Editorial: A Balancing Act
Maria Turner

In his essay "Not Just the Facts," Joel Yanofsky writes: "[A] true story, like an invented one, isn't authentic just because it's true, but because a writer worked hard to make it authentic." This, he tells us, is as close as he is willing to get to a definition of "that otherwise fuzzy, undefinable term creative nonfiction." By working hard to make it authentic, Yanofsky is referring to the work that goes into transforming life events into a story. He reminds us that when writing true stories, especially perhaps, those from our own lives, a writer must do more than list the facts, like a grocery list, or a timeline. The story may be true, but it still needs structure, point of view, characters, and dialogue to make it live on the page. Stop worrying about the facts, Yanofsky tells his students, and start worrying about the story.

If I had to define that otherwise fuzzy and undefinable term, I would say something like the following: creative nonfiction is nonfiction writing in which the writing is as important as the facts. But not more important. The facts are, after all, the thing that drew us to the story in the first place. Truman Capote, just before he discovered the newspaper article that would lead him to write In Cold Blood, told a reporter: "It was as though there was a box of chocolates in the next room and I couldn't resist them. The chocolates were that I wanted to write fact instead of fiction. There were so many things that I knew I could investigate, so many things that I knew I could find out about. Suddenly the newspapers came alive, and I realized that I was in terrible trouble as a fiction writer."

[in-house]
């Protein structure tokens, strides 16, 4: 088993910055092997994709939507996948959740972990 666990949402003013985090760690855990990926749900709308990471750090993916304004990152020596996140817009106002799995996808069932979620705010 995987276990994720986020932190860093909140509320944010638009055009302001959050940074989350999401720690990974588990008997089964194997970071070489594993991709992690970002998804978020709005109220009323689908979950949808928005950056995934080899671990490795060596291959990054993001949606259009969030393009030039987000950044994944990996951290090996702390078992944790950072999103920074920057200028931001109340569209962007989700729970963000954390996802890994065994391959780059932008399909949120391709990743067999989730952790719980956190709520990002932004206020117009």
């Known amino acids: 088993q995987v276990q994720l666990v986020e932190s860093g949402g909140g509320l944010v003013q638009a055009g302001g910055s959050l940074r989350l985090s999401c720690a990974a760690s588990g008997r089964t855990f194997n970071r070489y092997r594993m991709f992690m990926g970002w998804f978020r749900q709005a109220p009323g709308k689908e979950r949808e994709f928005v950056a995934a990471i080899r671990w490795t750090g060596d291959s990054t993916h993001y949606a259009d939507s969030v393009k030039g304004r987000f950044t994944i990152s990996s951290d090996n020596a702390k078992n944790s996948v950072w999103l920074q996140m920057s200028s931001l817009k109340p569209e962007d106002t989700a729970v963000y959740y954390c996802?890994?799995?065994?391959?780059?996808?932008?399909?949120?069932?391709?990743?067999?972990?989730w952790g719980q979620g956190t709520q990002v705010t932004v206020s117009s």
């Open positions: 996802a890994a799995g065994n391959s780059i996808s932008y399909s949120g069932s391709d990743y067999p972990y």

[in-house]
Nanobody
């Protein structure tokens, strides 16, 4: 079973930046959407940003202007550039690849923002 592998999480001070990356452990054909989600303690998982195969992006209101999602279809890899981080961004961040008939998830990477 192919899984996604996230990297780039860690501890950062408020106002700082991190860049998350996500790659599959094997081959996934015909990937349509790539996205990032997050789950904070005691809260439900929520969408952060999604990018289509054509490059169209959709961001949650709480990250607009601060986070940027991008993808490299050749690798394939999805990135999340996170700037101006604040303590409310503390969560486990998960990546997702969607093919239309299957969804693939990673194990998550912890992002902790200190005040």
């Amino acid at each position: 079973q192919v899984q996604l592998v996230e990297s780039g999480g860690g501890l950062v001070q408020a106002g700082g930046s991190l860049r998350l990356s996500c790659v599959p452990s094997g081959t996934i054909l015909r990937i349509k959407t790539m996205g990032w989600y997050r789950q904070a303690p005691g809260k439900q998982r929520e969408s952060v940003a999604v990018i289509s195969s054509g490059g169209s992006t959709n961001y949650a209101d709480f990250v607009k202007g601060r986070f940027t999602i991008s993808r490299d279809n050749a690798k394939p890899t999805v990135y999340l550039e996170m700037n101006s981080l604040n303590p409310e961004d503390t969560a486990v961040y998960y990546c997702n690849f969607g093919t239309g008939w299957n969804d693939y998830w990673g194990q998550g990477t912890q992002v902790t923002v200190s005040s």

The facts make up the life events that we are trying to understand, or learn from, or illuminate, or marvel at. And they are not only seductive, but they also carry a certain weight. Nonfiction characters live and breathe and sometimes die beyond the confines of the page. As James Agee so eloquently put it in his introduction to Let Us Now Praise Famous Men: "In a novel, a house or person has his meaning, his existence entirely through the writer. Here, a house or a person has only the most limited of his meaning through me: his true meaning is much huger. It is that he exists, in actual being, as you do and I do, and as no character of the imagination can possibly exist."

Capote, while indulging in his box of chocolates, did not forget his duty as a storyteller, to transform the facts into a compelling narrative. This is the challenge of creative nonfiction: to satisfy the demands of the story while honouring the real people, places, and events that the writing is trying to depict. And it is in this delicate balancing act, between the constraints of the facts and the needs of the narrative, that a writer can transform a true story into an authentic one.

Maria Turner is the nonfiction editor of carte blanche.